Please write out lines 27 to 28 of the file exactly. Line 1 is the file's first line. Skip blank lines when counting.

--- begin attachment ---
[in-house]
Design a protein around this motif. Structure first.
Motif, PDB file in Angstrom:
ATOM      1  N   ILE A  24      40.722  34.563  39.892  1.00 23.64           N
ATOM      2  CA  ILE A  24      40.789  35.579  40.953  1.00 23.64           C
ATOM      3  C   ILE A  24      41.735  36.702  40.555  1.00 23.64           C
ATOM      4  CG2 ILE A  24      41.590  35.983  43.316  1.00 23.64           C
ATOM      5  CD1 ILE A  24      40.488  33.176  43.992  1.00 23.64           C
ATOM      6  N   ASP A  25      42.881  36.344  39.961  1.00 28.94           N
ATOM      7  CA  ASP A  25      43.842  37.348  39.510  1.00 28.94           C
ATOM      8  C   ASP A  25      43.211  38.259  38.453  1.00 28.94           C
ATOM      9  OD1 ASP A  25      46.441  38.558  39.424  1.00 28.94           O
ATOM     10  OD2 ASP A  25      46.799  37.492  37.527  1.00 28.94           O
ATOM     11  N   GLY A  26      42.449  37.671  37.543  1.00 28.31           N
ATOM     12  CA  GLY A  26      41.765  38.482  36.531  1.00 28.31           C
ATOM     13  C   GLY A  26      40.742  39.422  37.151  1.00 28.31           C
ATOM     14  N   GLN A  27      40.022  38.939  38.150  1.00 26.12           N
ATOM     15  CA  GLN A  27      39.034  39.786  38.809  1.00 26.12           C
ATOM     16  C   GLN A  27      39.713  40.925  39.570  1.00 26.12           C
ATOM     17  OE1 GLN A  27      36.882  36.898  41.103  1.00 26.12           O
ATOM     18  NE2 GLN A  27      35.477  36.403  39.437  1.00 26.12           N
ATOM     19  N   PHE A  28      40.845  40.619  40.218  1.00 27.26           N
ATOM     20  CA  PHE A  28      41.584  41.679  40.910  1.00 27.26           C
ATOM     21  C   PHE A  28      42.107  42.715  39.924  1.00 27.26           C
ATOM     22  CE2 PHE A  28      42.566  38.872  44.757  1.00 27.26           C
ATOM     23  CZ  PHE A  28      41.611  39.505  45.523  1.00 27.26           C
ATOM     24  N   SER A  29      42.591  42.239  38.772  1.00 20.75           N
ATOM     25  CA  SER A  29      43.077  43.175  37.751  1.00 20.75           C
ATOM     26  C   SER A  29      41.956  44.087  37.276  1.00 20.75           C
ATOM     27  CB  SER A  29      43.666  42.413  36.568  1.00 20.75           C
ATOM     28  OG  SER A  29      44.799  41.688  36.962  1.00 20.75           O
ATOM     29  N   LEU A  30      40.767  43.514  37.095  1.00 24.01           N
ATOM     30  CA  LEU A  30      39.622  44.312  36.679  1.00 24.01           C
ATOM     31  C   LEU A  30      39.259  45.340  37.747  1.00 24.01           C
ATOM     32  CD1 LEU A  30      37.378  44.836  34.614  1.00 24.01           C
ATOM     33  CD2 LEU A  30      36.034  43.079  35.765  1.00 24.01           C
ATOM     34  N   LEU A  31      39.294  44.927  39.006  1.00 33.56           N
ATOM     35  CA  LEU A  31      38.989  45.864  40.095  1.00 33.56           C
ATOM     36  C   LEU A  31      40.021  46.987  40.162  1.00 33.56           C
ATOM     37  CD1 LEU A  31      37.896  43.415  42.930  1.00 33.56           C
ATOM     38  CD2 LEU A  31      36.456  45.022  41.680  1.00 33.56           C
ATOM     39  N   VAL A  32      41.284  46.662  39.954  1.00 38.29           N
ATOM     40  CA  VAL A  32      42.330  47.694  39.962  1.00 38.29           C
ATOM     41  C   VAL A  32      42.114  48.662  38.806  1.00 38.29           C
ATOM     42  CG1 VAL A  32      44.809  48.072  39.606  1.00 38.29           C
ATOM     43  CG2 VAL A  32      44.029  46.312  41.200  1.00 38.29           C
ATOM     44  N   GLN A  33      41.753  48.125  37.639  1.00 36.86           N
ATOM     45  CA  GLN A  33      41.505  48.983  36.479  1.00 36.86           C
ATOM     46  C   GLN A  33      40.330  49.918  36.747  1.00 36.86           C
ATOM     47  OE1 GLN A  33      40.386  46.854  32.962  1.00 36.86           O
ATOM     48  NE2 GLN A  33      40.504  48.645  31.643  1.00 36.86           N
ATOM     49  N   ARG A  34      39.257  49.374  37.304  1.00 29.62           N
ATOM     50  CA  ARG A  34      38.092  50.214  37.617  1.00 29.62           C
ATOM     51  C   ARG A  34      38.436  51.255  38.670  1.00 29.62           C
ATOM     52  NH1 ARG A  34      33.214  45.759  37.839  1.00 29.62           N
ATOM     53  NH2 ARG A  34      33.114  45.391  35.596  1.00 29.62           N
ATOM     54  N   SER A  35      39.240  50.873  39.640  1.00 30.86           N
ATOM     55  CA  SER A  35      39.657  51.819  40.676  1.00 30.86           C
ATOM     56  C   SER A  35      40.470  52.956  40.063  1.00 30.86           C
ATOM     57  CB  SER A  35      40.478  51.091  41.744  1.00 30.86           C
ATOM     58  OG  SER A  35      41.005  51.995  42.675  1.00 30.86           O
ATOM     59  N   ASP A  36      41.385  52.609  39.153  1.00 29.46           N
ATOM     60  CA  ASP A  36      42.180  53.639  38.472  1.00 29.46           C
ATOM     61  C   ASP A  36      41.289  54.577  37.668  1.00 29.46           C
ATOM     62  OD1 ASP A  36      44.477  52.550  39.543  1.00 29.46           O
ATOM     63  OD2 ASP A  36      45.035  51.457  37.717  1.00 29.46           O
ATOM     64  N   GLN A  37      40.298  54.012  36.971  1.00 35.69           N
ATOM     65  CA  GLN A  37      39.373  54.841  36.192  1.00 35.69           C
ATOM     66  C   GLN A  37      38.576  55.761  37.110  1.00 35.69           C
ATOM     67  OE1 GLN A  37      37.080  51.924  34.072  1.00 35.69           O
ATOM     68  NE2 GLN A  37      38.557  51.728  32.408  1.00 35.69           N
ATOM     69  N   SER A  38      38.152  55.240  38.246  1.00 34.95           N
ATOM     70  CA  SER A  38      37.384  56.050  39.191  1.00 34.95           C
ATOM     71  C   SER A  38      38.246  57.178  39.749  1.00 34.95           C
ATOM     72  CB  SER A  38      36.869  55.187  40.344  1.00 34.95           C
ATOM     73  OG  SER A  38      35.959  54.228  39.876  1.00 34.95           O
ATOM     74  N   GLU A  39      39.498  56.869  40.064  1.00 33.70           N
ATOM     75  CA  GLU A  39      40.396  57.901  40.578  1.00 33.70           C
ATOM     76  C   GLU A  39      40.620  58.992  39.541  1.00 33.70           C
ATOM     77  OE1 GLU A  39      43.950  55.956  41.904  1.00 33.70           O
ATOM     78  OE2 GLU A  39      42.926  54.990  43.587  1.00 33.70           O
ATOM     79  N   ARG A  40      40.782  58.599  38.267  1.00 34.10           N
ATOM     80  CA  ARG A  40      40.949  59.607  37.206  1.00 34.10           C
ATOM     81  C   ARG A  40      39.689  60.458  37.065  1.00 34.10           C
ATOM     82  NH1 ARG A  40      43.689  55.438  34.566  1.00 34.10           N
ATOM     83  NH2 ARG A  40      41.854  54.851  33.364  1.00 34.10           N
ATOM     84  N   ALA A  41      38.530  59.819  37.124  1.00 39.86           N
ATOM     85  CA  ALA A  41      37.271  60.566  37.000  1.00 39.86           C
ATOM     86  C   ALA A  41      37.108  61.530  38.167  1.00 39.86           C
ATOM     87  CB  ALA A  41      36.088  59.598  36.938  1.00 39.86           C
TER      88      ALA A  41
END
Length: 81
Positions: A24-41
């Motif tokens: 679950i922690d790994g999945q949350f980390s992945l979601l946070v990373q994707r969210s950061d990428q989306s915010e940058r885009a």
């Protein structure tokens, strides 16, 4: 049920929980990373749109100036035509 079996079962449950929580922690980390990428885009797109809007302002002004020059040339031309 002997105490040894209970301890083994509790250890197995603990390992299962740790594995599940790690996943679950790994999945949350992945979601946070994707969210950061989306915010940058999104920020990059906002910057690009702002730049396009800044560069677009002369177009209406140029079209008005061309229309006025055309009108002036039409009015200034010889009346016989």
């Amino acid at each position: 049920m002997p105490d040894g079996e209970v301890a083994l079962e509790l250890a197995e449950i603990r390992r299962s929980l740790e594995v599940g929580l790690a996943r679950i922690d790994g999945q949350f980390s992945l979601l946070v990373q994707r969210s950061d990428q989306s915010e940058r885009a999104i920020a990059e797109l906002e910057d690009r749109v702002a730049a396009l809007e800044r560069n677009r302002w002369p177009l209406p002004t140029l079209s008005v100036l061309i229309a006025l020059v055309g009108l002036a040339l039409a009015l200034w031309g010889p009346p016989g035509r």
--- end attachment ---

ATOM     24  N   SER A  29      42.591  42.239  38.772  1.00 20.75           N
ATOM     25  CA  SER A  29      43.077  43.175  37.751  1.00 20.75           C